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Study: Check-Ups Do Not Benefit Health

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File photo of a patient getting a routine check-up.  (credit: Joe Raedle/Getty Images)

File photo of a patient getting a routine check-up. (credit: Joe Raedle/Getty Images)

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BALTIMORE (CBS Baltimore) – We have all been told that our annual checkups can help us be healthier, but is it really worth it?

A new study by the Cochrane Library finds that physicals won’t benefit a patient’s health or reduce their risk for chronic disease or dying.

“From the evidence we’ve seen, inviting patients to general health checks is unlikely to be beneficial,” study author Lasse Krogsboll, a researcher at the Nordic Cochrane Centre in Copenhagen, Denmark, said in a press release. “One reason for this might be that doctors identify additional problems and take action when they see patients for other reasons.”

Stephanie Thompson and Marcelo Tonelli, two researchers from the University of Alberta in Canada wrote an accompanying commentary on the study and found that a routine check-up was one of the two most common reasons patients visited their doctor.

“Concerns about over diagnosis notwithstanding, general health checks are considered by physicians and the public as both necessary and recommended,” Thompson and Tonelli stated in their findings.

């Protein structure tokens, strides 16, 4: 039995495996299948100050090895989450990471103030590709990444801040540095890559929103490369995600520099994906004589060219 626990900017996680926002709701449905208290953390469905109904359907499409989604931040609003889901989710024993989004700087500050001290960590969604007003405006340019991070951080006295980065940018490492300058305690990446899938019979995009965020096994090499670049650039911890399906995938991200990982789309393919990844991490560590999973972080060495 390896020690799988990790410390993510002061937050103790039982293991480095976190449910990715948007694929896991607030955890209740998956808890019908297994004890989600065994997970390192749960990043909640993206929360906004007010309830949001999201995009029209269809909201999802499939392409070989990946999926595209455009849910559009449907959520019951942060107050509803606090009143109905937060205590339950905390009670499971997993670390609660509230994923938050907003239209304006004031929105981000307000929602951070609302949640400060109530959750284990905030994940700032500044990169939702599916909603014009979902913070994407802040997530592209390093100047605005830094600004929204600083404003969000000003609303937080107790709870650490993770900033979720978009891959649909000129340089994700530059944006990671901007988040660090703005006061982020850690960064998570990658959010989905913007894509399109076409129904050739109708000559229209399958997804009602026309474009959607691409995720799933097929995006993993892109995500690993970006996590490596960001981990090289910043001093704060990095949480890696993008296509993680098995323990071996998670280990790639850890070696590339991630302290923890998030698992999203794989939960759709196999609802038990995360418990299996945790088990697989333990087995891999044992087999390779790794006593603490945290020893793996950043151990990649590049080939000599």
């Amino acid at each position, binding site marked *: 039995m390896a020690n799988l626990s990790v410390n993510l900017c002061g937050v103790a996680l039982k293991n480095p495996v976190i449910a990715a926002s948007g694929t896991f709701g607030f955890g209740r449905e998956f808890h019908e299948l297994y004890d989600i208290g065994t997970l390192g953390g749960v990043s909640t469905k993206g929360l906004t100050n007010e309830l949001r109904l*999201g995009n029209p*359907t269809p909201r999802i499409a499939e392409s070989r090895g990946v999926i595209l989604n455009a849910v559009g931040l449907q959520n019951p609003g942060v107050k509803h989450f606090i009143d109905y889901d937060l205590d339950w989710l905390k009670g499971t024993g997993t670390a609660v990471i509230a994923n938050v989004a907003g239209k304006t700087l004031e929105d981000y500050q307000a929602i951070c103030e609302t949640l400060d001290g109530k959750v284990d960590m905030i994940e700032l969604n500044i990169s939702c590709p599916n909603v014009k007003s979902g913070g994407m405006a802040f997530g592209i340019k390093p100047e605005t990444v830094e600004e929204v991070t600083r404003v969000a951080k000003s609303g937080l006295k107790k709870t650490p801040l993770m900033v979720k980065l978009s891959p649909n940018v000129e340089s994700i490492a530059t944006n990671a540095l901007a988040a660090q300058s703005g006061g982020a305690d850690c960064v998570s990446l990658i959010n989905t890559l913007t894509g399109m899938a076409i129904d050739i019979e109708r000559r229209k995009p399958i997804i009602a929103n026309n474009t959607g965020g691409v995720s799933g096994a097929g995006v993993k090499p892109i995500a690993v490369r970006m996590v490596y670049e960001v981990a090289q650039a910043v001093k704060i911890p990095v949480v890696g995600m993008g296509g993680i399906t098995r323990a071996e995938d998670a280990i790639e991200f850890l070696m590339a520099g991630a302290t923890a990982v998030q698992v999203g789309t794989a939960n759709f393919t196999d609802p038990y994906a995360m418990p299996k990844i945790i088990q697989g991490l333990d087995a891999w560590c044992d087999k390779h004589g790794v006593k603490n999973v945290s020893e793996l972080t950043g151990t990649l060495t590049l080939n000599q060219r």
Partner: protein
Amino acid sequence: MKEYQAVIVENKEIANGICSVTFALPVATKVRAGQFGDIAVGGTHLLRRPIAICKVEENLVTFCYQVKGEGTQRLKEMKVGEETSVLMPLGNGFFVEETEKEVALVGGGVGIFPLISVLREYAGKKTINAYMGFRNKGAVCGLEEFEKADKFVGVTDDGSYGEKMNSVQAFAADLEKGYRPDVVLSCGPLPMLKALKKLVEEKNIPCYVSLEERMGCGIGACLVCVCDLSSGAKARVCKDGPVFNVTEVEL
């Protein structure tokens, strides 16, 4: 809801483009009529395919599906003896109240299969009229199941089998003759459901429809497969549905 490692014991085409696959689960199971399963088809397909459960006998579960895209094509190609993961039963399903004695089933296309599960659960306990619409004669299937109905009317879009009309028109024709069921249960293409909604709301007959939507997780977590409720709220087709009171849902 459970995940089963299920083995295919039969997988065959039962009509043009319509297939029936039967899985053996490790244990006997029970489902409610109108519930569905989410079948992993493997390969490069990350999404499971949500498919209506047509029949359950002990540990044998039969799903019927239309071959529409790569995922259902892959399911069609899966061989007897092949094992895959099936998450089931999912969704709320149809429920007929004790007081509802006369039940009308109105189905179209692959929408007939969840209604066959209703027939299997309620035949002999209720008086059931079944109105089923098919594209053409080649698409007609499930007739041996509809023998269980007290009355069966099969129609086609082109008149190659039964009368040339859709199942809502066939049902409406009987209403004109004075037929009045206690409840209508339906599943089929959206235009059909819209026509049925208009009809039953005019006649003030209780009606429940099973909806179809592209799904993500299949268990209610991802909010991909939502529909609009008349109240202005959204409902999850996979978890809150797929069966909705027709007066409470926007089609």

The researchers reviewed almost 183,000 people. One group of participants was assigned to receive a check-up and the other group was not.

The researchers found that routine check-ups led to more diagnoses. Out of the group that saw a physician, they were most commonly diagnosed with high blood pressure and cholesterol.

“It is generally recognized that screening should be based on evidence from randomized trials showing a favorable balance between benefits and harms,” Krogsboll told TIME. “In our review we could not find that, and we therefore cannot see any justification for public health programs pushing for routine health checks.”

Michael LeFevre, co-vice chair of the U.S. Preventative Services Task Force, a group of medical advisors to the government that make guideline recommendations, told WebMD, “one of the reasons check-ups may not have worked is the review included studies form the 1960s and 1970s, when doctors ordered many test during wellness exams.”

The Task Force has recommended against prostate cancer screening for men who are healthy, breast cancer screening for women in their 40s, and EKG screening in people who are healthy.

The Task Force does recommend screening patients for obesity since weight loss can reduce health risks.

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